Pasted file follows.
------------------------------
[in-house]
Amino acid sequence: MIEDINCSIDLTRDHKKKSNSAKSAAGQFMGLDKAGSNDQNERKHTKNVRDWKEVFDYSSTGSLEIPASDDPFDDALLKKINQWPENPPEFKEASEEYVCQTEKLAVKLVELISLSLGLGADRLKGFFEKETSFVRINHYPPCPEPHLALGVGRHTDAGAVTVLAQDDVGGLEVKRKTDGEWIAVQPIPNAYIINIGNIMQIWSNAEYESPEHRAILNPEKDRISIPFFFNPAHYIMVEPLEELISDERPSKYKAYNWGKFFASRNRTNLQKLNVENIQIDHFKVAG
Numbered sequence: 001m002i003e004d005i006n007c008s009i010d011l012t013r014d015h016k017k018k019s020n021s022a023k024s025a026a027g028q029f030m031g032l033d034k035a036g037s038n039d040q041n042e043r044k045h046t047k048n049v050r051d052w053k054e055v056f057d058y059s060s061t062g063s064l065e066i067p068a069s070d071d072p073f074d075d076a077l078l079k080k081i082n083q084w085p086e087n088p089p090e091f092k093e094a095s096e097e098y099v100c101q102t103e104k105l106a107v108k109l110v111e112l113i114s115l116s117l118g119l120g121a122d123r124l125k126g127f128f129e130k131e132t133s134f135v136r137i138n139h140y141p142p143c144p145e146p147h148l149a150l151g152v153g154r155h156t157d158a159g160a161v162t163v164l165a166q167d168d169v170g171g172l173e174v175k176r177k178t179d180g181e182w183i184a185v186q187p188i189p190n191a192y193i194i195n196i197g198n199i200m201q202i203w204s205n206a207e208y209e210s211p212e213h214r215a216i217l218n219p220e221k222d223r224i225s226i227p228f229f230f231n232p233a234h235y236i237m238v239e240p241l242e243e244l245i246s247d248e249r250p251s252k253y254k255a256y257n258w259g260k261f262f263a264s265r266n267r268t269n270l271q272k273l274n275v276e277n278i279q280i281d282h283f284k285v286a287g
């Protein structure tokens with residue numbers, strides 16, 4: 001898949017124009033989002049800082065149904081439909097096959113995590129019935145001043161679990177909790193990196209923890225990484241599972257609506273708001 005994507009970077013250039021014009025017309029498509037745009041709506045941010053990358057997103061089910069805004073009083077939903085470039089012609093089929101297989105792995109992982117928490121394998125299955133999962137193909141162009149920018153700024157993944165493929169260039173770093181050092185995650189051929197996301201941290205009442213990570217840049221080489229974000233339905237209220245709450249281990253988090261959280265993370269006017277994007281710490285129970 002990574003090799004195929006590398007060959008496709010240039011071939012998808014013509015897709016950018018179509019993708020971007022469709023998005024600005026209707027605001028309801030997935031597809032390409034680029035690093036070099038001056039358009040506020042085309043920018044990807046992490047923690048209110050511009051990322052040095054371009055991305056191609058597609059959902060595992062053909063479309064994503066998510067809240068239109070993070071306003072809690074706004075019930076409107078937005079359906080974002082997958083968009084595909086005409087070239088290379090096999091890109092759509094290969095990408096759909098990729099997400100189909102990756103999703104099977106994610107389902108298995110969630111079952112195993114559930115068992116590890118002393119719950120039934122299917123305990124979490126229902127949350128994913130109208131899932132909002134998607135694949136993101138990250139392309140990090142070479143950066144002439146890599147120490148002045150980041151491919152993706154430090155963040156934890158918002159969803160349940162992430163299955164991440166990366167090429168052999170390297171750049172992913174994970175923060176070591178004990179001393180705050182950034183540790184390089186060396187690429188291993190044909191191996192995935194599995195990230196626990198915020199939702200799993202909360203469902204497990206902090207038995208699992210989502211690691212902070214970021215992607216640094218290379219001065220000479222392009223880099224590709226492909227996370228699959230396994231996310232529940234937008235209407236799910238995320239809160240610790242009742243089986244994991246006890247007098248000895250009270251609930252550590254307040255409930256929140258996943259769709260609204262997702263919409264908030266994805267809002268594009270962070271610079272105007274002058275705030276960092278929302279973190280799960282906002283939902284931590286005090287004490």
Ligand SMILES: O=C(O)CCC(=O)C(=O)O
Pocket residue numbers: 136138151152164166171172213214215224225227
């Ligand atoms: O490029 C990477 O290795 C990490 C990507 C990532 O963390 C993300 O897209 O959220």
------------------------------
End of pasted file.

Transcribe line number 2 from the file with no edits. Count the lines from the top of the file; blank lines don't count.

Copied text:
Amino acid sequence: MIEDINCSIDLTRDHKKKSNSAKSAAGQFMGLDKAGSNDQNERKHTKNVRDWKEVFDYSSTGSLEIPASDDPFDDALLKKINQWPENPPEFKEASEEYVCQTEKLAVKLVELISLSLGLGADRLKGFFEKETSFVRINHYPPCPEPHLALGVGRHTDAGAVTVLAQDDVGGLEVKRKTDGEWIAVQPIPNAYIINIGNIMQIWSNAEYESPEHRAILNPEKDRISIPFFFNPAHYIMVEPLEELISDERPSKYKAYNWGKFFASRNRTNLQKLNVENIQIDHFKVAG